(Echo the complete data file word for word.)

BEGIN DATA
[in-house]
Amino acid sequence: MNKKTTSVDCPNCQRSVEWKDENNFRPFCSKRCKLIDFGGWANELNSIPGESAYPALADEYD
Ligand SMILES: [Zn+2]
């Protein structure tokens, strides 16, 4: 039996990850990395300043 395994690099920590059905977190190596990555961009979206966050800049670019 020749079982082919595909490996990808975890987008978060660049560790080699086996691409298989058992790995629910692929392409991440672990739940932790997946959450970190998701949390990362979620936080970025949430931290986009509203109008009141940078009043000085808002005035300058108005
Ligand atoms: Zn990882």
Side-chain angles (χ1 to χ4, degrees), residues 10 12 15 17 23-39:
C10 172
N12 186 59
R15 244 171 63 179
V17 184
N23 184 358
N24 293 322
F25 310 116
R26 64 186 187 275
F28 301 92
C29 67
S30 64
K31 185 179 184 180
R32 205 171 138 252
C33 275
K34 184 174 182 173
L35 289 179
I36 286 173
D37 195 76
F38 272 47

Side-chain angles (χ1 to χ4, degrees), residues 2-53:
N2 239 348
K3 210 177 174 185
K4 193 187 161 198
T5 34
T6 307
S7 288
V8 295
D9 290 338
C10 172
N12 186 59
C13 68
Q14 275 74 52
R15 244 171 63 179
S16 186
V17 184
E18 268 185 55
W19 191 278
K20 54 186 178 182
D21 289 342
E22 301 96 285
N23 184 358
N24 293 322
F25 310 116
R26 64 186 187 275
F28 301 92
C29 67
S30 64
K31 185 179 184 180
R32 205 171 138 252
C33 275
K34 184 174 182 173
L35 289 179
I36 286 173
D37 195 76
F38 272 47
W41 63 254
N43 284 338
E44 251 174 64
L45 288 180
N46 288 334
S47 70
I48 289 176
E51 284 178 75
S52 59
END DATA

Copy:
[in-house]
Amino acid sequence: MNKKTTSVDCPNCQRSVEWKDENNFRPFCSKRCKLIDFGGWANELNSIPGESAYPALADEYD
Ligand SMILES: [Zn+2]
């Protein structure tokens, strides 16, 4: 039996990850990395300043 395994690099920590059905977190190596990555961009979206966050800049670019 020749079982082919595909490996990808975890987008978060660049560790080699086996691409298989058992790995629910692929392409991440672990739940932790997946959450970190998701949390990362979620936080970025949430931290986009509203109008009141940078009043000085808002005035300058108005
Ligand atoms: Zn990882």
Side-chain angles (χ1 to χ4, degrees), residues 10 12 15 17 23-39:
C10 172
N12 186 59
R15 244 171 63 179
V17 184
N23 184 358
N24 293 322
F25 310 116
R26 64 186 187 275
F28 301 92
C29 67
S30 64
K31 185 179 184 180
R32 205 171 138 252
C33 275
K34 184 174 182 173
L35 289 179
I36 286 173
D37 195 76
F38 272 47

Side-chain angles (χ1 to χ4, degrees), residues 2-53:
N2 239 348
K3 210 177 174 185
K4 193 187 161 198
T5 34
T6 307
S7 288
V8 295
D9 290 338
C10 172
N12 186 59
C13 68
Q14 275 74 52
R15 244 171 63 179
S16 186
V17 184
E18 268 185 55
W19 191 278
K20 54 186 178 182
D21 289 342
E22 301 96 285
N23 184 358
N24 293 322
F25 310 116
R26 64 186 187 275
F28 301 92
C29 67
S30 64
K31 185 179 184 180
R32 205 171 138 252
C33 275
K34 184 174 182 173
L35 289 179
I36 286 173
D37 195 76
F38 272 47
W41 63 254
N43 284 338
E44 251 174 64
L45 288 180
N46 288 334
S47 70
I48 289 176
E51 284 178 75
S52 59